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 ILC2021-8 Session 3 - Presentation of Dr. Vladimir Petrovsky

Good Morning. Thank you for inviting me to speak on this distinguished panel about this important topic. As the world emerges from the COVID-19 pandemic, I believe that regional economic cooperation will play an important role in putting back together the pieces of a globalized economy that fosters growth and alleviates poverty.

Although regional economic integration in Northeast Asia has been slow out of the starting blocks, the necessity of regional economic cooperation is now recognized and enshrined in important sub-regional and regional pacts in Asia. The questions now are “whether and how” we will leverage the progress enshrined in these pacts to complete the process of forming an economic union in Northeast Asia.

With that as a framework, let me touch upon some key milestones.

Regional economic cooperation in Asia-Pacific is a relatively new phenomenon. But good progress has been made starting with the ASEAN Free Trade area in 1992, leading to the ASEAN Economic Community, call the AEC, in 2015, which seeks to create QUOTE “an integrated and connected regional economy within the global system.” UNQUOTE

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Moreover, other regional organizations such as APEC, a cooperative government to government multinational trade forum, which includes as its members in addition to the nations of southeast Asia, China, Japan and Korea, the U.S., and even Russia and the Pacific coast countries of South America, also reinforce the trend toward regional integration.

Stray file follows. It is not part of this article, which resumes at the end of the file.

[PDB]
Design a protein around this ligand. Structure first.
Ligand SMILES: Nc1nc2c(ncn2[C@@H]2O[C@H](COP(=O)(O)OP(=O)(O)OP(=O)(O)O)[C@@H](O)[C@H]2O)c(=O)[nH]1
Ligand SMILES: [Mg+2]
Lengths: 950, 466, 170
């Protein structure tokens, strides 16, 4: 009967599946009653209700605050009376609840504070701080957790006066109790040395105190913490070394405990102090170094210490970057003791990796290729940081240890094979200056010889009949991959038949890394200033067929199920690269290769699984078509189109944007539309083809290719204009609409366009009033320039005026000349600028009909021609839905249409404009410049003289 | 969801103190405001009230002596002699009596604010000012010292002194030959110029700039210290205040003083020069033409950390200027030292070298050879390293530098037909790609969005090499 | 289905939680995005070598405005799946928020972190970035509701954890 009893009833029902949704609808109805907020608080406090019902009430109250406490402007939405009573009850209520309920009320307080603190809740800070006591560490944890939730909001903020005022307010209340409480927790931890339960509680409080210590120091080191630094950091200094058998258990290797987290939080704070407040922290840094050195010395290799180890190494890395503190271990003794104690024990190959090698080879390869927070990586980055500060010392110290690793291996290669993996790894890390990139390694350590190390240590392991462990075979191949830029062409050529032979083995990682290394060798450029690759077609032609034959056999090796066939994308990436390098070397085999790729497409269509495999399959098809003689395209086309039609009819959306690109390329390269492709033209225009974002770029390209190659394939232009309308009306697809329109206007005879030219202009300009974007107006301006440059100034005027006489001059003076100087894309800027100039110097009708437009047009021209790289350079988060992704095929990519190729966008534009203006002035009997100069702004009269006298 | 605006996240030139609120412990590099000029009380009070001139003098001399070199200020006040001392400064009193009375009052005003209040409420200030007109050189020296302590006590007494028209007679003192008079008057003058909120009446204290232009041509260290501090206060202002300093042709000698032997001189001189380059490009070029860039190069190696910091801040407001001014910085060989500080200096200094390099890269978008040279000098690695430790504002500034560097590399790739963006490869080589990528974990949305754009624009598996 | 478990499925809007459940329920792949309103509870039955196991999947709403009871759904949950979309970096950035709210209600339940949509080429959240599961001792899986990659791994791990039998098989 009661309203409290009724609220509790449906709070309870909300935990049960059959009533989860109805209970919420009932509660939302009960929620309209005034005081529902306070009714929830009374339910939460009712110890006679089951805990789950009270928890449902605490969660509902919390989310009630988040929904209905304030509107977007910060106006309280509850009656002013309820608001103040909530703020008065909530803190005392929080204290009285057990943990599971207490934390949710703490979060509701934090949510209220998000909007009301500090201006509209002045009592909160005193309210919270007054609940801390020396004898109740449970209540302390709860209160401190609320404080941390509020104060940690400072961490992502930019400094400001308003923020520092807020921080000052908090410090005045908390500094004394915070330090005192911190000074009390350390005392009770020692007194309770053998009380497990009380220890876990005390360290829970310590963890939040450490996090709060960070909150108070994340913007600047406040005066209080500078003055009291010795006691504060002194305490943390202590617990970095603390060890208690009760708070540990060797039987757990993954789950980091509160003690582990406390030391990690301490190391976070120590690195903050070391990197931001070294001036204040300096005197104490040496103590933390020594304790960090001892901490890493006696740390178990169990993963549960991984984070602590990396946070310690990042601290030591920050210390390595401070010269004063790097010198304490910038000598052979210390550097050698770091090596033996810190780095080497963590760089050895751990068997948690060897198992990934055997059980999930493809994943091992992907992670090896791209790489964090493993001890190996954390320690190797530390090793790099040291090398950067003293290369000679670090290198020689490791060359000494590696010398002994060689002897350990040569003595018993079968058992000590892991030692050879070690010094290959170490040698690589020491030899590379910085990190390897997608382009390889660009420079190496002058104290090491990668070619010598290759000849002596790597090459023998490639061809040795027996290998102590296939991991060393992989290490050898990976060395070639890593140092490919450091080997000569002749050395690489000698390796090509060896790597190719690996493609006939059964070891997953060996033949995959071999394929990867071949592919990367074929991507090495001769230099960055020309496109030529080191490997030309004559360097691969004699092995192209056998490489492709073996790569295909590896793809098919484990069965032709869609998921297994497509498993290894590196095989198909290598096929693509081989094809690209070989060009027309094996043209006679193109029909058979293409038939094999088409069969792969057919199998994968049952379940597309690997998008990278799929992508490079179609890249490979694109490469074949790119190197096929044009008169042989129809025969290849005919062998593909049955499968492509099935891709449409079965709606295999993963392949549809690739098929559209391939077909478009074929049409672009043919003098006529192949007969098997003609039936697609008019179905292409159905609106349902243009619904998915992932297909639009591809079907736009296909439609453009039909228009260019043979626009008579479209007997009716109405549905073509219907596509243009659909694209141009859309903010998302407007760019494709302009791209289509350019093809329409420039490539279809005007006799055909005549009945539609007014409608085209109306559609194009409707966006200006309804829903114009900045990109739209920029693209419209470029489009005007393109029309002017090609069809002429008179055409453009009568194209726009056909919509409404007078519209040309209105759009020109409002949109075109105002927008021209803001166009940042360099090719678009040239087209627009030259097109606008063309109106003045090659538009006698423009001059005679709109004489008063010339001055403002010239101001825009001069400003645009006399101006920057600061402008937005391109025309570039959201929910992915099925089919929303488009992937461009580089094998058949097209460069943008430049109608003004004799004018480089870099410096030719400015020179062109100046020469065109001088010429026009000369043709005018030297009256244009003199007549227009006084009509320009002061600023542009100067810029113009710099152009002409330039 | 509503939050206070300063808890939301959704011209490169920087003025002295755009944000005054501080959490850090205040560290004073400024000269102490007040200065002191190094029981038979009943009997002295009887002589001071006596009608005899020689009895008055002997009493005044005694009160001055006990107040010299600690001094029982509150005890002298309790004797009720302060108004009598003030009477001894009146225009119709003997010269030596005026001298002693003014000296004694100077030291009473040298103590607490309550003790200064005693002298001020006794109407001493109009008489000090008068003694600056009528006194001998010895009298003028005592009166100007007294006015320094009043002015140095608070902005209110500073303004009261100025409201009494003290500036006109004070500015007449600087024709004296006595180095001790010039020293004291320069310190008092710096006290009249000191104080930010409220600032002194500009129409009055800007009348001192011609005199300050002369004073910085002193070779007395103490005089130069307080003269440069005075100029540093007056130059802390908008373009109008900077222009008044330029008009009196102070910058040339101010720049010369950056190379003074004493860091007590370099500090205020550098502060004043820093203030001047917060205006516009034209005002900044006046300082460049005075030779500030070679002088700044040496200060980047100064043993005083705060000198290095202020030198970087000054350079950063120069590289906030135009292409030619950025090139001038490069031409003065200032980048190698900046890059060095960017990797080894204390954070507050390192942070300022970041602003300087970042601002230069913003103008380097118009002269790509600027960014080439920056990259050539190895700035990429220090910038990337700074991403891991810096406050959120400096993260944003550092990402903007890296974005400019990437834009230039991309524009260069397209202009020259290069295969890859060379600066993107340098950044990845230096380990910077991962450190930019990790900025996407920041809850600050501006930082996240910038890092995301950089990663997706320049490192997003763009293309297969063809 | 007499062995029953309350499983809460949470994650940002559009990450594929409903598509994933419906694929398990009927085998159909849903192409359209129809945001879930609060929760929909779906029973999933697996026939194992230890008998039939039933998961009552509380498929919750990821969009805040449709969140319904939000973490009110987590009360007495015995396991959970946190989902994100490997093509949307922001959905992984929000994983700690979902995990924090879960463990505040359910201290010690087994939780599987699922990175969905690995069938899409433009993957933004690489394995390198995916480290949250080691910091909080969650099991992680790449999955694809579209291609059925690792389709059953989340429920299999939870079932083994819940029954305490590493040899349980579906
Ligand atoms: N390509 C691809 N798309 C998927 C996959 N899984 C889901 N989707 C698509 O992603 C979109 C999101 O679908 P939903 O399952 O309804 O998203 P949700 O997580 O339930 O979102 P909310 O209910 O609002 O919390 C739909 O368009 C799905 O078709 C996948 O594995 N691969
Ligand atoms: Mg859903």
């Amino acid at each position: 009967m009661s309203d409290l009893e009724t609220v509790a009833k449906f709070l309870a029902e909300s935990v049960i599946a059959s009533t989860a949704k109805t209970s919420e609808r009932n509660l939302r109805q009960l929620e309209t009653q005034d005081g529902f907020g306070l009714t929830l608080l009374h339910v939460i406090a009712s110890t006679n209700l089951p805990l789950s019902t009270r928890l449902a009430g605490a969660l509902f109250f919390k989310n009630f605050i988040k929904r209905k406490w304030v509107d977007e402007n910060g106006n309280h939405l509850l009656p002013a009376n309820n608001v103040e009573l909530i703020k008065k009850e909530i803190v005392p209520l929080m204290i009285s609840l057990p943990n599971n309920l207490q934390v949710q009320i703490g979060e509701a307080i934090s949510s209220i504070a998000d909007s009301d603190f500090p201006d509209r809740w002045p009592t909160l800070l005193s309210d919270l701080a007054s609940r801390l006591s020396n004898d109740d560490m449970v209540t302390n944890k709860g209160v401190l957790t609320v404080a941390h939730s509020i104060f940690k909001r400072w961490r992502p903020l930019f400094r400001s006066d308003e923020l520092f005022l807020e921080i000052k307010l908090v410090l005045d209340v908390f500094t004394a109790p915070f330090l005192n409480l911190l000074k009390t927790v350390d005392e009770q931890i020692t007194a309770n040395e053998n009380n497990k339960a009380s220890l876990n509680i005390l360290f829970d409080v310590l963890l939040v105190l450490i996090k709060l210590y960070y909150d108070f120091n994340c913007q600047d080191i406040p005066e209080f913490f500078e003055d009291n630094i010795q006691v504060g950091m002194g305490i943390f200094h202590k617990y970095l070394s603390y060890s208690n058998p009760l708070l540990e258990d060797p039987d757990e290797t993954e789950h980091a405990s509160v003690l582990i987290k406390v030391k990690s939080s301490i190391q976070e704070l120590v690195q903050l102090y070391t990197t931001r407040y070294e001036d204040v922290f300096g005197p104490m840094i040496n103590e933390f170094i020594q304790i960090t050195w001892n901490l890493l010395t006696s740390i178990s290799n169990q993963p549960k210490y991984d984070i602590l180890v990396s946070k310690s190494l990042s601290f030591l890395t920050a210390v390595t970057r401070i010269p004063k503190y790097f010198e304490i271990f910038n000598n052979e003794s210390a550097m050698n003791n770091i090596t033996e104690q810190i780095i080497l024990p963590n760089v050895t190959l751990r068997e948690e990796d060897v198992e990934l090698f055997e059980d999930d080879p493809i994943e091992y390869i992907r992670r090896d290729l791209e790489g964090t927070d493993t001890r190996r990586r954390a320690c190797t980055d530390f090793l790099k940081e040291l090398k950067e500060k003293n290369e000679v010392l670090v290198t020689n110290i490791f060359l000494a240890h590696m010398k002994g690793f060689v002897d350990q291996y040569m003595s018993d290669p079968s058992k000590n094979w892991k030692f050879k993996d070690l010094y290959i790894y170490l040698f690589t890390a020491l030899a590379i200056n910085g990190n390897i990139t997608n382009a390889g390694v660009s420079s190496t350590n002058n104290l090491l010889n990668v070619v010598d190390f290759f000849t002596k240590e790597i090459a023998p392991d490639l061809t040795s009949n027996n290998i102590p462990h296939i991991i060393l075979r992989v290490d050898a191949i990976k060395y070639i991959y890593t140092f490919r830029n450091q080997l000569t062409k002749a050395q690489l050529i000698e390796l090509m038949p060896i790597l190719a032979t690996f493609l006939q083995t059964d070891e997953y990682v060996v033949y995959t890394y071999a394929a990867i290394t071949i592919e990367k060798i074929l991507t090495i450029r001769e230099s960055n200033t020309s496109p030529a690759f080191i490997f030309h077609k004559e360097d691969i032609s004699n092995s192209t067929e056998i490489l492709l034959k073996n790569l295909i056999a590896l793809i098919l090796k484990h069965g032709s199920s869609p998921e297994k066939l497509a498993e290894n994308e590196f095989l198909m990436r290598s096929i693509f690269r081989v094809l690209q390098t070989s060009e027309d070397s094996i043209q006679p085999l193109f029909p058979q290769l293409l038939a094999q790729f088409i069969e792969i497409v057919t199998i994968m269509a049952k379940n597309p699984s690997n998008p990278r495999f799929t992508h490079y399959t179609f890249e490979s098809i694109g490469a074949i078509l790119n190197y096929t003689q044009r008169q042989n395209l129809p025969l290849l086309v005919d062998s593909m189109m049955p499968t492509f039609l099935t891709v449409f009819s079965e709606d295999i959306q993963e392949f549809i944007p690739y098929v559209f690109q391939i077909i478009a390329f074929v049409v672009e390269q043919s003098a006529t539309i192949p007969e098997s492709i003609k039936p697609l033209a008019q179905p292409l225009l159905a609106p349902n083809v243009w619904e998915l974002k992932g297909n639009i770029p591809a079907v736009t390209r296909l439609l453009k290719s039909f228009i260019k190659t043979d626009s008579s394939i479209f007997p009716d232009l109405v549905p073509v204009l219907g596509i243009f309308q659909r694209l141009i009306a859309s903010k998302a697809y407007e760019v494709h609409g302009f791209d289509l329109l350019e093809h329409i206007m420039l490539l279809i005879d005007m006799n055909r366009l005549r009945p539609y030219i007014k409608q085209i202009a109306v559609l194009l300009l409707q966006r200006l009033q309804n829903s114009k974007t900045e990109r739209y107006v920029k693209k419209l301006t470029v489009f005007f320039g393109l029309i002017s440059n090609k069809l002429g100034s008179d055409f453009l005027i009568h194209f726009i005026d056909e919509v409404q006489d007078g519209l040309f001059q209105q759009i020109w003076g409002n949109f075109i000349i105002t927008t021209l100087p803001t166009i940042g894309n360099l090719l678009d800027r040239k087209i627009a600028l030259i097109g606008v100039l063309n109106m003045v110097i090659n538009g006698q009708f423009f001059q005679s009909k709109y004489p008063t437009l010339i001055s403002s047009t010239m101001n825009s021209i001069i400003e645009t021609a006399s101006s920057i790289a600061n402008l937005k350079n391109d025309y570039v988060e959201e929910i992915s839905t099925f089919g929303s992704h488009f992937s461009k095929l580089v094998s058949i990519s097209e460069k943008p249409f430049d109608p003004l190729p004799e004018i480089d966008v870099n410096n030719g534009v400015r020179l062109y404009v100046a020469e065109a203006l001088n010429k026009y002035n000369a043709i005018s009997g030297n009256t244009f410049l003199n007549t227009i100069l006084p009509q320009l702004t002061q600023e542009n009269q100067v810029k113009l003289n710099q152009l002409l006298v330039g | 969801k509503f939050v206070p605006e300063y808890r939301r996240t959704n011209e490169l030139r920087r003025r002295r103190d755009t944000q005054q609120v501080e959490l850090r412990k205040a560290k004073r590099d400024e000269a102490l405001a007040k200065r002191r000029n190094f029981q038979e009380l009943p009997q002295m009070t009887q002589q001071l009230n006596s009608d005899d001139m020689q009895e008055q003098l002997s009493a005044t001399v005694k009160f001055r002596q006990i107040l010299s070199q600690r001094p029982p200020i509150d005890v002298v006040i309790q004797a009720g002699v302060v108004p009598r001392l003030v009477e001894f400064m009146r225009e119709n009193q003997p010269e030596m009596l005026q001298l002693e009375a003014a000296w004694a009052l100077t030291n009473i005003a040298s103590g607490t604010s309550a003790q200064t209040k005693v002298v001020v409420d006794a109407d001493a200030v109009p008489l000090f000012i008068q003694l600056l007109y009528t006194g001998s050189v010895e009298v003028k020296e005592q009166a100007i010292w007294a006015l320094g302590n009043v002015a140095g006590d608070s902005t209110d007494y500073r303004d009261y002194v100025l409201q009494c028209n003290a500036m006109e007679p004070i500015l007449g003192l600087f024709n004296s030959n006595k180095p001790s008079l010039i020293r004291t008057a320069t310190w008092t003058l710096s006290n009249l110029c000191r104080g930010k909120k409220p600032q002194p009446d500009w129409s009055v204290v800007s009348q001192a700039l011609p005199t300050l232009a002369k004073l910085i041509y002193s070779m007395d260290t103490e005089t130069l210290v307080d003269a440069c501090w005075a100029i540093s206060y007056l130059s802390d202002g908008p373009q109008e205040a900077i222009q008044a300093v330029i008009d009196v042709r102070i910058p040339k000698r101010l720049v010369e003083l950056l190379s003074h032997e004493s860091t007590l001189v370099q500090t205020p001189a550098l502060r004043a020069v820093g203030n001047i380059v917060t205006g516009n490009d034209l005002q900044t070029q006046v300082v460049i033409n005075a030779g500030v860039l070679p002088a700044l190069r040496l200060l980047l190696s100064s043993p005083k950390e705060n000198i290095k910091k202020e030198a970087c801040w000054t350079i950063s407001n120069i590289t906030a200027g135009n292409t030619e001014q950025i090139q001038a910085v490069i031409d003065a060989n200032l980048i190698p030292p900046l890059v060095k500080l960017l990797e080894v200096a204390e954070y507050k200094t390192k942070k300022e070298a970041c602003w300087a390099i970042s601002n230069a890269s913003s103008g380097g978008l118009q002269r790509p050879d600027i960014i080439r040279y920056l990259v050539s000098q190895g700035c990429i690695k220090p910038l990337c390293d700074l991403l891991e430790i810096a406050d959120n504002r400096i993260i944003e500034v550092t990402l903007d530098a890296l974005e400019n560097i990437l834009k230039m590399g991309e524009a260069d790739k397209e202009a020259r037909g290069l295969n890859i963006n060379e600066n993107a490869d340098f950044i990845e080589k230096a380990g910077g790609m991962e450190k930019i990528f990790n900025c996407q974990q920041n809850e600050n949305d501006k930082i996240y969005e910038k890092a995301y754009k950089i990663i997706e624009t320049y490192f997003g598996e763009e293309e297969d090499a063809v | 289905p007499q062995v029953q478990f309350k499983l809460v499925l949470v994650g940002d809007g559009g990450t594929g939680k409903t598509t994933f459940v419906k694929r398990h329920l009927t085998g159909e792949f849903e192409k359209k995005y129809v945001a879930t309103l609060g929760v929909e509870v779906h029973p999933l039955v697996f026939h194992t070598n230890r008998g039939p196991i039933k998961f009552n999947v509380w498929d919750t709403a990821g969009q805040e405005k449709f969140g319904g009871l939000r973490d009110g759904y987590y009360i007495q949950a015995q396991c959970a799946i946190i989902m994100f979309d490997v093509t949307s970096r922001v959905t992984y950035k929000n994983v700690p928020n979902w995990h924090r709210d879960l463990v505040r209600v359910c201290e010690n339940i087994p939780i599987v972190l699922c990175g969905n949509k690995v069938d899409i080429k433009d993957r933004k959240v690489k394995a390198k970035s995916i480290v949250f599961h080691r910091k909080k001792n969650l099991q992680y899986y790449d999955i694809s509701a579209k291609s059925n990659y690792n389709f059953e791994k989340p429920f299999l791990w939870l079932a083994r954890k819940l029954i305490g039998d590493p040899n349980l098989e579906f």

But Unlike the EEC, the AEC is not (nor is APEC for that matter) a common market or a monetary union; they still have a lot of ground to cover in addressing other important regional issues besides trade; they do not establish supranational institutions such as the European Commission or the European Central Bank, and their charters do not provide for sanctioning members that do not follow through on agreements.

With respect to Northeast Asia, progress toward an economic union has stalled altogether, despite Korean administrations before the present one that lobbied strenuously for a trilateral Free Trade Agreement among the Republic of Korea, China, and Japan.   There are many reasons for this, including ongoing political rivalries and tensions. For example:  

  • Japan’s economic retaliation against Korea over the decision by a South Korean Court holding Japan liable to pay damages to former Korean Comfort Women. That didn’t help those who had hoped economic relations could be divorced from political controversies;
  • Other recollections of the atrocities of WWII also still rankle. And unresolved territorial disputes further stoke resentments;
  • And the big question is: Can China convince her neighbors that her aims are not themselves hegemonistic? While it is perhaps not surprising or even per se threatening for China as a great power to wish to balance U.S. influence in the region, what is China’s vision for a peaceful Asian Community? Can China and Japan ever imagine themselves playing the role in an integrated Asian community that Germany and France play in the EU—as godfathers of the union and anchors of its stability and peace?

Despite these challenges, regional cooperation in Asia took a great leap forward in 2019 with the signing of the Regional Comprehensive Economic Partnership among 15 nations, including the nations of Northeast Asia, except for North Korea. Such a pact was initially conceived as the Trans-Pacific Partnership, but when the U.S. under Donald Trump dropped out in 2017, China stepped in.